Amyloplasts are a type of plastid, double-enveloped organelles in plant cells that are involved in various biological pathways. Amyloplasts are specifically a type of leucoplast, a subcategory for colorless, non-pigment-containing plastids. Amyloplasts are found in roots and storage tissues and store and synthesize starch for the plant through the polymerization of glucose. Starch synthesis relies on the transportation of carbon from the cytosol, the mechanism by which is currently under debate.
Starch synthesis and storage also takes place in chloroplasts, a type of pigmented plastid involved in photosynthesis. Amyloplasts and chloroplasts are closely related, and amyloplasts can turn into chloroplasts; this is for instance observed when potato tubers are exposed to light and turn green.
Role in gravity sensing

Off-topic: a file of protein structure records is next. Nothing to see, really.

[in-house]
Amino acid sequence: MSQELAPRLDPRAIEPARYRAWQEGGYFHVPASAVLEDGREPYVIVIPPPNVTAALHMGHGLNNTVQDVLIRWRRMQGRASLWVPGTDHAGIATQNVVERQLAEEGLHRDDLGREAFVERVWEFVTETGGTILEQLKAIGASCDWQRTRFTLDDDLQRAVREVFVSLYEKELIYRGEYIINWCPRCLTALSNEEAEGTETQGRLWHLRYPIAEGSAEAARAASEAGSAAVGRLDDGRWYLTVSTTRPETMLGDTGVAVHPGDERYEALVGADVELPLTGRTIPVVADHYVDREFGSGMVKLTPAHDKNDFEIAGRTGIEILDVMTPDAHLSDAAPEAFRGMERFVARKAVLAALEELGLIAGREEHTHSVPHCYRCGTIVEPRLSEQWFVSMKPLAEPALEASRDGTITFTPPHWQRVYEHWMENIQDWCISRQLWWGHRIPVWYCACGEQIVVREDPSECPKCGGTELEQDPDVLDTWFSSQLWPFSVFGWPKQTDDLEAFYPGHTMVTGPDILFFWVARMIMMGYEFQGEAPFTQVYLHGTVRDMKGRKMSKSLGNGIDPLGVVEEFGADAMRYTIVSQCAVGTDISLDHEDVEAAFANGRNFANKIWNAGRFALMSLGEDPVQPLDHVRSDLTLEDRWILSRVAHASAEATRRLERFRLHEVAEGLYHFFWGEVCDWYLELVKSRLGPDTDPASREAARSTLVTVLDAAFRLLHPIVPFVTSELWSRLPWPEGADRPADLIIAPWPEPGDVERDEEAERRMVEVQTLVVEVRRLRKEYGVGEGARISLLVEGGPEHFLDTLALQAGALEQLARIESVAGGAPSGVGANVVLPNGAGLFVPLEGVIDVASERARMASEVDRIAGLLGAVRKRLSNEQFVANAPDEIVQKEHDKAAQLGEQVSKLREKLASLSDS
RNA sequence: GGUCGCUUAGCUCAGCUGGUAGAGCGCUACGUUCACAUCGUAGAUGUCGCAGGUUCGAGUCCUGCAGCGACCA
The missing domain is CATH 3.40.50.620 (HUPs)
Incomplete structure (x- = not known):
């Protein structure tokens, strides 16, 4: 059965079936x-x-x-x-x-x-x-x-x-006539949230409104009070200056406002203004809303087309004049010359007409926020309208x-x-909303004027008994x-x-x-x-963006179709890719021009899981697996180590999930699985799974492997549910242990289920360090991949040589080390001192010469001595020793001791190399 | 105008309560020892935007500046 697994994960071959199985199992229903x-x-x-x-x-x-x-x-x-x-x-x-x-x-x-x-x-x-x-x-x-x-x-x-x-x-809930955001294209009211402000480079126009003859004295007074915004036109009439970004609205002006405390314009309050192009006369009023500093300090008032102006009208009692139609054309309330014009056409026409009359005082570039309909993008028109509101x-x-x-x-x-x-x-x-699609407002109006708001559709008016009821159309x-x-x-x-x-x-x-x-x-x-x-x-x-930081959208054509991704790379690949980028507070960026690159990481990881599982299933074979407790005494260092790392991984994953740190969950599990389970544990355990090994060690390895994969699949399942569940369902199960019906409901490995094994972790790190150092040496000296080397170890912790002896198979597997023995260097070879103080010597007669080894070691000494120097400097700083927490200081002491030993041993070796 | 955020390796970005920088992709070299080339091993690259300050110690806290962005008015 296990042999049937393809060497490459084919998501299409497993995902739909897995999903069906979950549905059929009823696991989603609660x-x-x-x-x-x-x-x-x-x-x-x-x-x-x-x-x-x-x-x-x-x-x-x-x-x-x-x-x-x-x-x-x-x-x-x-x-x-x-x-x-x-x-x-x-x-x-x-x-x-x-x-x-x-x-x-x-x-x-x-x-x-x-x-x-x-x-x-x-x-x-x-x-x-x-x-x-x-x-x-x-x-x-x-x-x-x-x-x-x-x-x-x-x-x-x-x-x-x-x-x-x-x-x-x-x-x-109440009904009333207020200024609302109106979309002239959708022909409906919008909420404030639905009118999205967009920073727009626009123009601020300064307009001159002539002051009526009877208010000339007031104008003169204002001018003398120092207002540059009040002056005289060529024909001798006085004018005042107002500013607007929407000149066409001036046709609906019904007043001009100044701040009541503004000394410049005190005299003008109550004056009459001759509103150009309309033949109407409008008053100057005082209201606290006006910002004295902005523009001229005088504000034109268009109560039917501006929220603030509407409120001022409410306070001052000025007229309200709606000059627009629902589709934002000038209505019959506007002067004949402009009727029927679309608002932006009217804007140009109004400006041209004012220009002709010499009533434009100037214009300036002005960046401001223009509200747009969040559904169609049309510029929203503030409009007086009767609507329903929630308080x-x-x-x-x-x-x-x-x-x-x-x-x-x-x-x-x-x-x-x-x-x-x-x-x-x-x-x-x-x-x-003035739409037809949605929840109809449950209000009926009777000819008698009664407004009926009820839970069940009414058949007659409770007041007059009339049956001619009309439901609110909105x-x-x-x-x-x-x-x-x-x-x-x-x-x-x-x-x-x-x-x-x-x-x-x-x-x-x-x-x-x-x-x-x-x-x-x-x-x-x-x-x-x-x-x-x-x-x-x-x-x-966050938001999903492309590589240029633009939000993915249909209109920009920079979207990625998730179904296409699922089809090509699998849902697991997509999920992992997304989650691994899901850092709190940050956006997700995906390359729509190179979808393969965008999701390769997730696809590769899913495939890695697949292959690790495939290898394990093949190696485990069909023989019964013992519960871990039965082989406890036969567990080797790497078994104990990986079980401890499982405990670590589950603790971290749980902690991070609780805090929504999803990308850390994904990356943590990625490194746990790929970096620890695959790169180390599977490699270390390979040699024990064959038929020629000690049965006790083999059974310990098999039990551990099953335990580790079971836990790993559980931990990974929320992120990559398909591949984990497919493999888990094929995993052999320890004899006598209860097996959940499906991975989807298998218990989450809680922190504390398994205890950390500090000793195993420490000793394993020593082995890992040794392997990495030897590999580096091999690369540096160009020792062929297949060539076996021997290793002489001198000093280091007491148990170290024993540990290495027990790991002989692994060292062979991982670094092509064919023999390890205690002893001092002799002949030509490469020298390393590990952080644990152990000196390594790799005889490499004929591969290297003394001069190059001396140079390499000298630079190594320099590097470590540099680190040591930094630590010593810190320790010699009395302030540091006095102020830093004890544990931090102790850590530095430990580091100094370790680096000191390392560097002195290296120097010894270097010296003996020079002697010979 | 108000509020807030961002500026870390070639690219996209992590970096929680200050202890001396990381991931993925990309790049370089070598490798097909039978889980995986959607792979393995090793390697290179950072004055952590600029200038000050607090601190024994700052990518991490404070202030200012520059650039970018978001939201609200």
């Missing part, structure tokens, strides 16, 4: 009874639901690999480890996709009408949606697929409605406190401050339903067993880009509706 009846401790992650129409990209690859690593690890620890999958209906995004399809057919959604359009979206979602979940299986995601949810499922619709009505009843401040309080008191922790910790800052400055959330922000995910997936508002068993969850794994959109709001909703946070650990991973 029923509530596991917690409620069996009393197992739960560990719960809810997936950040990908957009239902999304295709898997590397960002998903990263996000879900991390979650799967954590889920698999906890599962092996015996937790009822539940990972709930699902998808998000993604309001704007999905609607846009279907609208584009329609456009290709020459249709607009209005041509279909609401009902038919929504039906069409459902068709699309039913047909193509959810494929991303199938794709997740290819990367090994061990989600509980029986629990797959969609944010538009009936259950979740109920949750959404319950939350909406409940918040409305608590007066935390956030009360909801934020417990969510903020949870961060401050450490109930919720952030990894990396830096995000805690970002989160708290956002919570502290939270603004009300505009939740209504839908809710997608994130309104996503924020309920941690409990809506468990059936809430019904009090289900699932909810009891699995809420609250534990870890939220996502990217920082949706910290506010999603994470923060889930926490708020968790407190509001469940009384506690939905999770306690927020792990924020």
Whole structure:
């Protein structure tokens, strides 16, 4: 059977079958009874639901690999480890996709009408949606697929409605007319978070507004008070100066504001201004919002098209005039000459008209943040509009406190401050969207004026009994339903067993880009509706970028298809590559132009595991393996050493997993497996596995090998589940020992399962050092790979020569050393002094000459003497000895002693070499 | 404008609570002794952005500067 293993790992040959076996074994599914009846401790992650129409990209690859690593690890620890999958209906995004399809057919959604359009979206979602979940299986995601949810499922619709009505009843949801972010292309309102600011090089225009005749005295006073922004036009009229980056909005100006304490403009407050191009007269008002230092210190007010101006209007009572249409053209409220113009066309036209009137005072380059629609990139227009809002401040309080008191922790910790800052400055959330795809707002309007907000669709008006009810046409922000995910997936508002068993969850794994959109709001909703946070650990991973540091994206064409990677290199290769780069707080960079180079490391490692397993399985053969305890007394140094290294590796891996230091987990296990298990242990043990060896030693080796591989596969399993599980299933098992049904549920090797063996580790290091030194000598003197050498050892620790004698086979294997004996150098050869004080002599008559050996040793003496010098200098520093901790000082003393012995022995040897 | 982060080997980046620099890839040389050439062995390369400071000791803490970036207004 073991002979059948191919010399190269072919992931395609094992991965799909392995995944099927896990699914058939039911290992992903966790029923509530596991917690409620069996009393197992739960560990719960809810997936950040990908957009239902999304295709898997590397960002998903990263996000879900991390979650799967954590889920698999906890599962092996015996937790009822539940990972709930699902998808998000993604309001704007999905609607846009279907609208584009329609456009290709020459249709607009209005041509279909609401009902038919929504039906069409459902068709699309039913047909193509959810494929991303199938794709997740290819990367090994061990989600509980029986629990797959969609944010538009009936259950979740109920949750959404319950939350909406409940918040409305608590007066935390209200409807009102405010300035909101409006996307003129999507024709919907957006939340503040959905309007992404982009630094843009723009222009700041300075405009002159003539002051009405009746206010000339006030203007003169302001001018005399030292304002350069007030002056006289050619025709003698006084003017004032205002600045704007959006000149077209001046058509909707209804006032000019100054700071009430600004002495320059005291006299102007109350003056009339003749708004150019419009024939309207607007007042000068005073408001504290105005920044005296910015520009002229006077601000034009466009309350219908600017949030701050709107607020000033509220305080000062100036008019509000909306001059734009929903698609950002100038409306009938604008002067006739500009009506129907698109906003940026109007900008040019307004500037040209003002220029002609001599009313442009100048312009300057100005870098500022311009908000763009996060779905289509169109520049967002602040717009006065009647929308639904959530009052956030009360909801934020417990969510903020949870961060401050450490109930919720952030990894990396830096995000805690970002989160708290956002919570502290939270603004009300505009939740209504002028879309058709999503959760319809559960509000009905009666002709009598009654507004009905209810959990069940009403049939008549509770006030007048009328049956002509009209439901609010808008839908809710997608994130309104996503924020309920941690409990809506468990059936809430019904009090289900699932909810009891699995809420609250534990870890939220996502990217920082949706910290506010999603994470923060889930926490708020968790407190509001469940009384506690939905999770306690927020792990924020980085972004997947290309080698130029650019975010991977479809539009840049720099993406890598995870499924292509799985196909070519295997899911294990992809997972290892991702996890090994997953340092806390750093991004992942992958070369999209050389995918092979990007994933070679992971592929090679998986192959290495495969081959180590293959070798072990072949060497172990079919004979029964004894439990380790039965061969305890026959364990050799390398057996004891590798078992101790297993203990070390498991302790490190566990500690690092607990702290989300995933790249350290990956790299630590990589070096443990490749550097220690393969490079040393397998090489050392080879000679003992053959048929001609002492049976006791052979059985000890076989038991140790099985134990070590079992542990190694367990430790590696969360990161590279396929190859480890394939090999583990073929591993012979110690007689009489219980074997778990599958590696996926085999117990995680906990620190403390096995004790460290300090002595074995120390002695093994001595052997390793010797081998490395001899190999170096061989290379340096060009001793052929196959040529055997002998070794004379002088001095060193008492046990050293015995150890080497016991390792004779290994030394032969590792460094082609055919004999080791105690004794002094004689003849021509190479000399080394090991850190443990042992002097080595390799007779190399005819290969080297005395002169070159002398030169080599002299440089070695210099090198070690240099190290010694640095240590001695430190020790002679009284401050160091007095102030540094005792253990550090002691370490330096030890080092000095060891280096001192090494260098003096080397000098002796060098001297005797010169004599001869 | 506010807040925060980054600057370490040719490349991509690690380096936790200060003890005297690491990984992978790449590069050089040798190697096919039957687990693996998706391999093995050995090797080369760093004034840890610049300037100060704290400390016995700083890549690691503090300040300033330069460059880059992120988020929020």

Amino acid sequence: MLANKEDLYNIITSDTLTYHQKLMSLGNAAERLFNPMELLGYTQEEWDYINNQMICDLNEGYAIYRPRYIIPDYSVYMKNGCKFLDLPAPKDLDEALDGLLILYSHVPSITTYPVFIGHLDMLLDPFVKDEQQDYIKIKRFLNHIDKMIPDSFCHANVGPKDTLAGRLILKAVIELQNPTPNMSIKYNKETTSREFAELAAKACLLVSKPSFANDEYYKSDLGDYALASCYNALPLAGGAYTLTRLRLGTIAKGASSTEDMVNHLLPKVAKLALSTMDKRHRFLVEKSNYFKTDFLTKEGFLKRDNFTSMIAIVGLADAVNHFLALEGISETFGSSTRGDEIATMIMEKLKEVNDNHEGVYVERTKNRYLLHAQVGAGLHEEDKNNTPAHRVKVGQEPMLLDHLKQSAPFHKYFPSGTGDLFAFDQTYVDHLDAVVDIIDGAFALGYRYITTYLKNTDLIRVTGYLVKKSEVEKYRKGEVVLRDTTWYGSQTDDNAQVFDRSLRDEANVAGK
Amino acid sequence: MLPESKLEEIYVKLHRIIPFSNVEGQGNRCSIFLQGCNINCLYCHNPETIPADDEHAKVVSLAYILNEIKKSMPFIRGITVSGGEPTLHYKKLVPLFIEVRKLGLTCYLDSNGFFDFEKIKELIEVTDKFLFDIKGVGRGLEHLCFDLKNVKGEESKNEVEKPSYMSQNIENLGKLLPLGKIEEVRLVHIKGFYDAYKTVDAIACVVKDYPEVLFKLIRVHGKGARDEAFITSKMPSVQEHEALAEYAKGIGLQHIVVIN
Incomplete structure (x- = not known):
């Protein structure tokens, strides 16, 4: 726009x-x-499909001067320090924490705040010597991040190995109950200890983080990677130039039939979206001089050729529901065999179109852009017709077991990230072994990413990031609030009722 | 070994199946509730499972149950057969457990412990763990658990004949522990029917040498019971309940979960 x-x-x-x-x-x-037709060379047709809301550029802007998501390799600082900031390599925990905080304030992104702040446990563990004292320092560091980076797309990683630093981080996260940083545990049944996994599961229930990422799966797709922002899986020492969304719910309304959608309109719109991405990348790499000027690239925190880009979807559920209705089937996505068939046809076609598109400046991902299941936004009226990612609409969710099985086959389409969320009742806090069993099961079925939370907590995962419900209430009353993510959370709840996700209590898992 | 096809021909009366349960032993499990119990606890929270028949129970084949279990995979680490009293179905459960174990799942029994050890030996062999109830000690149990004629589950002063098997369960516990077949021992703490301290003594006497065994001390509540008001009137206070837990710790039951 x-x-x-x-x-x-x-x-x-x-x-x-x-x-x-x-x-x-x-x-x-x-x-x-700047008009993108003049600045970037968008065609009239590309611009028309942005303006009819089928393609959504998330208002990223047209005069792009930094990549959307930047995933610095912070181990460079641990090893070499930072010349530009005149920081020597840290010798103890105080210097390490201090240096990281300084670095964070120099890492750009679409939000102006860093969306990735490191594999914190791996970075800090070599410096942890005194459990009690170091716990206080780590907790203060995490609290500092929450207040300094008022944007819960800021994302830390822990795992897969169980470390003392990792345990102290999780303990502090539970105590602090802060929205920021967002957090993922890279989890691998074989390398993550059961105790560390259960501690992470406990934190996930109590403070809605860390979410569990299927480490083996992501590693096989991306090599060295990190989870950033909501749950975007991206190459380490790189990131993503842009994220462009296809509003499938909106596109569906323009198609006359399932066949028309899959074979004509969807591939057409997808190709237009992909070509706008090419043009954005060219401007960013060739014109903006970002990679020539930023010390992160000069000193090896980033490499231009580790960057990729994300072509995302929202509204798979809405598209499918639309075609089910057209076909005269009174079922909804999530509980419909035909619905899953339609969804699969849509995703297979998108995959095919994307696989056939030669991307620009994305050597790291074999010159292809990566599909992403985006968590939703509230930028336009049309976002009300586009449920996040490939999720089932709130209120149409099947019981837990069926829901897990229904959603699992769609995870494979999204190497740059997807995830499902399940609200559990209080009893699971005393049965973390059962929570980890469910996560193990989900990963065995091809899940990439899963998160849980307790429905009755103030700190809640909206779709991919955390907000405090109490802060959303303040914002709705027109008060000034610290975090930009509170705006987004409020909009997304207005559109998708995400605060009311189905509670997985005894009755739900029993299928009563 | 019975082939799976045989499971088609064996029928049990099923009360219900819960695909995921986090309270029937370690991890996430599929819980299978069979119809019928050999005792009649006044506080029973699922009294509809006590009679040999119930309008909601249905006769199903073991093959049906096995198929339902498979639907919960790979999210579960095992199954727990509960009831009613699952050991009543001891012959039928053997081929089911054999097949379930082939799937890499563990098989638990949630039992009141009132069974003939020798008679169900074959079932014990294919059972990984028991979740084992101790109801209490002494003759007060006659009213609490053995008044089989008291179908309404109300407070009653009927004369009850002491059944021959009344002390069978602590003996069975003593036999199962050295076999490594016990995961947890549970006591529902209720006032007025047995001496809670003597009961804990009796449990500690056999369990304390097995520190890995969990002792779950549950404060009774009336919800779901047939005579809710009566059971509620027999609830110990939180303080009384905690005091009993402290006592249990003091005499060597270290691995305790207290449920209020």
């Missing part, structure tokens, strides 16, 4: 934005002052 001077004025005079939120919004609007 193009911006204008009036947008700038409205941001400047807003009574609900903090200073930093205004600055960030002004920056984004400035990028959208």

Amyloplasts are thought to play a vital role in gravitropism. Statoliths, a specialized starch-accumulating amyloplast, are denser than cytoplasm, and are able to settle to the bottom of the gravity-sensing cell, called a statocyte. This settling is a vital mechanism in the plant's perception of gravity, triggering the asymmetrical distribution of auxin that causes the curvature in roots and stems. A plant lacking in phosphoglucomutase (pgm), for example, is a starchless mutant plant, thus preventing the settling of the statoliths. This mutant shows a significantly weaker gravitropic response as compared to a non-mutant plant. A normal gravitropic response can be rescued with hypergravity. In roots, gravity is sensed in the root cap, a section of tissue at the very tip of the root. Upon removal of the root cap, the root loses its ability to sense gravity. However, if the root cap is regrown, the root's gravitropic response will recover. In roots, the asymmetrical distribution of auxin causes the root to grow along the gravity vector.
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